thumbnailFigure 5. (a) Δxzp versus various graphene film sizes. (b) Log R versus multilayer graphene film lengths and applied voltages at T = 5 K

For a clear view of squeezing factor R as a function of film length L, 2D curves from Figure 5b are presented in Figure 6. It is found that R approaches unity as L approaches zero, while R tends to be zero as L approaches infinity as shown in Figure 6a,b. It explains why R has some kinked regions, shown in the upper right part of Figure 5b with black circle, when the graphene film length is on the nanometer scale shown in Figure 3. To realize quantum squeezing, the graphene film length should be in the order of a few micrometers and the applied voltage V should not be as small as several mV, shown in Figure 6b. As L → 0, where the graphene film can be modeled as a quantum dot, the voltage must be as large as a few volts to modulate the film to achieve quantum squeezing. As L → ∞, where graphene films can be modeled as a 1D chain, the displacement uncertainty would be on the nanometer scale so that even a few mV of pumping voltage can modulate the film to achieve quantum squeezing easily.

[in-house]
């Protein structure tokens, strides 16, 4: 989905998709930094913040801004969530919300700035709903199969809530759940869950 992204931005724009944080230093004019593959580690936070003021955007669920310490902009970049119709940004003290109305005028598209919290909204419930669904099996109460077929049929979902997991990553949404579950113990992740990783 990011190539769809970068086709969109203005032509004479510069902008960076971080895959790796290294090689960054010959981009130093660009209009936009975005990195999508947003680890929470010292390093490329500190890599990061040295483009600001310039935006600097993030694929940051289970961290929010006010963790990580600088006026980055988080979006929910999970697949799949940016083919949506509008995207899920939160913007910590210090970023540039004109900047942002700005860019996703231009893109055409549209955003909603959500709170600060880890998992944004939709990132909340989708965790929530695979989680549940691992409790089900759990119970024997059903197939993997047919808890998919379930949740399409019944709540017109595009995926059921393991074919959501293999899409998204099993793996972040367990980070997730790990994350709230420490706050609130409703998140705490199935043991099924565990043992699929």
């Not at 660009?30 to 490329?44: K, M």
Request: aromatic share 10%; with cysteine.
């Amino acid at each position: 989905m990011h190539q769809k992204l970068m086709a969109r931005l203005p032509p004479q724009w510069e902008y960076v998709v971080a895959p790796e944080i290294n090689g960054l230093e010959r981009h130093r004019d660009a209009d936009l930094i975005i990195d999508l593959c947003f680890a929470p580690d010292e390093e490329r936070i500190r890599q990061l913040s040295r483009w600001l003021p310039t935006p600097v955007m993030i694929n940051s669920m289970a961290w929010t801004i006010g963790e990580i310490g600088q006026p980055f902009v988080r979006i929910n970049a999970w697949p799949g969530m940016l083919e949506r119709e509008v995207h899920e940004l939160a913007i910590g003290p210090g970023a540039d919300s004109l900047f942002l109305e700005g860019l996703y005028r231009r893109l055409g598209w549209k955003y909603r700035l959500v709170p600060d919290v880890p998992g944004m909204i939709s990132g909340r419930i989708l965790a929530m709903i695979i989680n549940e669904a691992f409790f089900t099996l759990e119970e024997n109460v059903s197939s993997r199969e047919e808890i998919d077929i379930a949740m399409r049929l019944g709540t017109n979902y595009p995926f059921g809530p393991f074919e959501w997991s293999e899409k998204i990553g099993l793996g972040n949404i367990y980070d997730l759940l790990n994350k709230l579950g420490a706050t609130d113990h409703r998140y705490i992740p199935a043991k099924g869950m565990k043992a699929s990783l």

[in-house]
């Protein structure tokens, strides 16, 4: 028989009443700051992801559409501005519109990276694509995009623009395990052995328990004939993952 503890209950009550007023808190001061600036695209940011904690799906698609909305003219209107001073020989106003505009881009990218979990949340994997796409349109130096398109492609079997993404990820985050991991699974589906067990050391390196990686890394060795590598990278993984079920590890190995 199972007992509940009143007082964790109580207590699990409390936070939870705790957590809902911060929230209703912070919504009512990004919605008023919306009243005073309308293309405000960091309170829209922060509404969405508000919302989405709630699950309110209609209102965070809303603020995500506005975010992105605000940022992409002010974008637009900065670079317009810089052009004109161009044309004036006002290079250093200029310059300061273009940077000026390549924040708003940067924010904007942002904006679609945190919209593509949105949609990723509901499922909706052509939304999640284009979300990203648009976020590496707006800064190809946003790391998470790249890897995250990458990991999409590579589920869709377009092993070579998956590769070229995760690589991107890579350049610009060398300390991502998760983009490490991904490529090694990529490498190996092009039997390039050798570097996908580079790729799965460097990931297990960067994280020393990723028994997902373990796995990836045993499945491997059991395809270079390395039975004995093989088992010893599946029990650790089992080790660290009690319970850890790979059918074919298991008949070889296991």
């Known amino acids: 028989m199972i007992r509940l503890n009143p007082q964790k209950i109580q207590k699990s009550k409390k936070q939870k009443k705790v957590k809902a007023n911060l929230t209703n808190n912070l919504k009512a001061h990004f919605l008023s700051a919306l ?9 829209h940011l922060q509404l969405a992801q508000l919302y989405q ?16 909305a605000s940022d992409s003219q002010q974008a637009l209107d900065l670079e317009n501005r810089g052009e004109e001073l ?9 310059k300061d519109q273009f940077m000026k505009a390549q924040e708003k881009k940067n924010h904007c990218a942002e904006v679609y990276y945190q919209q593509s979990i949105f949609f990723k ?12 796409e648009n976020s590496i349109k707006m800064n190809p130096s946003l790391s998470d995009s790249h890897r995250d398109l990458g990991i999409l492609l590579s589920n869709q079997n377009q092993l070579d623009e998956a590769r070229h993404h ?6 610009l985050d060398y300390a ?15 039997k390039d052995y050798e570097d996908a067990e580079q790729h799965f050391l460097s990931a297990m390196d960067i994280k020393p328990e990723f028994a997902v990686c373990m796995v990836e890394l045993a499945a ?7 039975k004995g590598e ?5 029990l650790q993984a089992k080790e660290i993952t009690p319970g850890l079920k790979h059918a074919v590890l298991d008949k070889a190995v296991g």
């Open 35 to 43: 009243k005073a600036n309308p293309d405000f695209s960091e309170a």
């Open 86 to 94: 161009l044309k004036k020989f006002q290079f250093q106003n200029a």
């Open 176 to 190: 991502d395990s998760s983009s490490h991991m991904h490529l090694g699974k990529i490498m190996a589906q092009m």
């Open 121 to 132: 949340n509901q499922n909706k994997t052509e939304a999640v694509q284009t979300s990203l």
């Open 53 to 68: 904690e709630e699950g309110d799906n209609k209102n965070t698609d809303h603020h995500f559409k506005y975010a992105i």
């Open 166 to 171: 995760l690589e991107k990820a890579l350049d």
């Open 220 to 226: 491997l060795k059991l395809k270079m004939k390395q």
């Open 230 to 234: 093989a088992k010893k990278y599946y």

thumbnailFigure 6. R versus L with ε = 0.4 × 10-5, and V = 20 mV, 1.5 V.

By choosing the dimensions of a typical monolayer graphene NEMS device in [15] with L = 1.1 μm, W = 0.2 μm, T = 5 K, Q = 14000, V = 2.5 V, and ε = 0, we obtain Δxzp = 0.0034 nm and R = 0.374. After considering quantum squeezing effects based on our simulation, Δxzp can be reduced to 0.0013 nm. With a length of 20 μm, Δxzp can be as large as 0.0145 nm, a radio-frequency single-electron-transistor detection system can in principle attain such sensitivities [25]. In order to verify the quantum squeezing effects, a displacement detection scheme need be developed.